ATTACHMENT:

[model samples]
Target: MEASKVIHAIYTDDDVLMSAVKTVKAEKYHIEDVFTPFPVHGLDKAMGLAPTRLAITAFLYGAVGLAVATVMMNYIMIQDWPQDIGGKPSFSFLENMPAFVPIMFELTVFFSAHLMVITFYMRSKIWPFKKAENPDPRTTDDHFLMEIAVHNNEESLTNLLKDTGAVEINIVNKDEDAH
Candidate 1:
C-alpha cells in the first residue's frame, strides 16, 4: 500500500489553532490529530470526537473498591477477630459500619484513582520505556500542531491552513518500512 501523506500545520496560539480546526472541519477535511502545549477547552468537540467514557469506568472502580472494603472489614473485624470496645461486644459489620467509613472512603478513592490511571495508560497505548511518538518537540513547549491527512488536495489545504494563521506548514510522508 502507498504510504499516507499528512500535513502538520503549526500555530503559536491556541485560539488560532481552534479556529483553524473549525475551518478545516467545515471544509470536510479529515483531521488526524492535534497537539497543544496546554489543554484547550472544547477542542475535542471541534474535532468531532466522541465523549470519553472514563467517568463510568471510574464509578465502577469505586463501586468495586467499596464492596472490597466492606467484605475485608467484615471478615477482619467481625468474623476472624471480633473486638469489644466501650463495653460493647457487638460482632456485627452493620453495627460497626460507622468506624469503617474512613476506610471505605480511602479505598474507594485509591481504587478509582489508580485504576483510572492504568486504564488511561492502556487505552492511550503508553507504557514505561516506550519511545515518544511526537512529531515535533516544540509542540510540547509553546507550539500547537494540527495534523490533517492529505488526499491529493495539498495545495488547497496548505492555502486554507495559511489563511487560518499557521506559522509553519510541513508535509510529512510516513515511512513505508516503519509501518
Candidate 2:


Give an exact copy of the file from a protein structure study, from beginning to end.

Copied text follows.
[model samples]
Target: MEASKVIHAIYTDDDVLMSAVKTVKAEKYHIEDVFTPFPVHGLDKAMGLAPTRLAITAFLYGAVGLAVATVMMNYIMIQDWPQDIGGKPSFSFLENMPAFVPIMFELTVFFSAHLMVITFYMRSKIWPFKKAENPDPRTTDDHFLMEIAVHNNEESLTNLLKDTGAVEINIVNKDEDAH
Candidate 1:
C-alpha cells in the first residue's frame, strides 16, 4: 500500500489553532490529530470526537473498591477477630459500619484513582520505556500542531491552513518500512 501523506500545520496560539480546526472541519477535511502545549477547552468537540467514557469506568472502580472494603472489614473485624470496645461486644459489620467509613472512603478513592490511571495508560497505548511518538518537540513547549491527512488536495489545504494563521506548514510522508 502507498504510504499516507499528512500535513502538520503549526500555530503559536491556541485560539488560532481552534479556529483553524473549525475551518478545516467545515471544509470536510479529515483531521488526524492535534497537539497543544496546554489543554484547550472544547477542542475535542471541534474535532468531532466522541465523549470519553472514563467517568463510568471510574464509578465502577469505586463501586468495586467499596464492596472490597466492606467484605475485608467484615471478615477482619467481625468474623476472624471480633473486638469489644466501650463495653460493647457487638460482632456485627452493620453495627460497626460507622468506624469503617474512613476506610471505605480511602479505598474507594485509591481504587478509582489508580485504576483510572492504568486504564488511561492502556487505552492511550503508553507504557514505561516506550519511545515518544511526537512529531515535533516544540509542540510540547509553546507550539500547537494540527495534523490533517492529505488526499491529493495539498495545495488547497496548505492555502486554507495559511489563511487560518499557521506559522509553519510541513508535509510529512510516513515511512513505508516503519509501518
Candidate 2: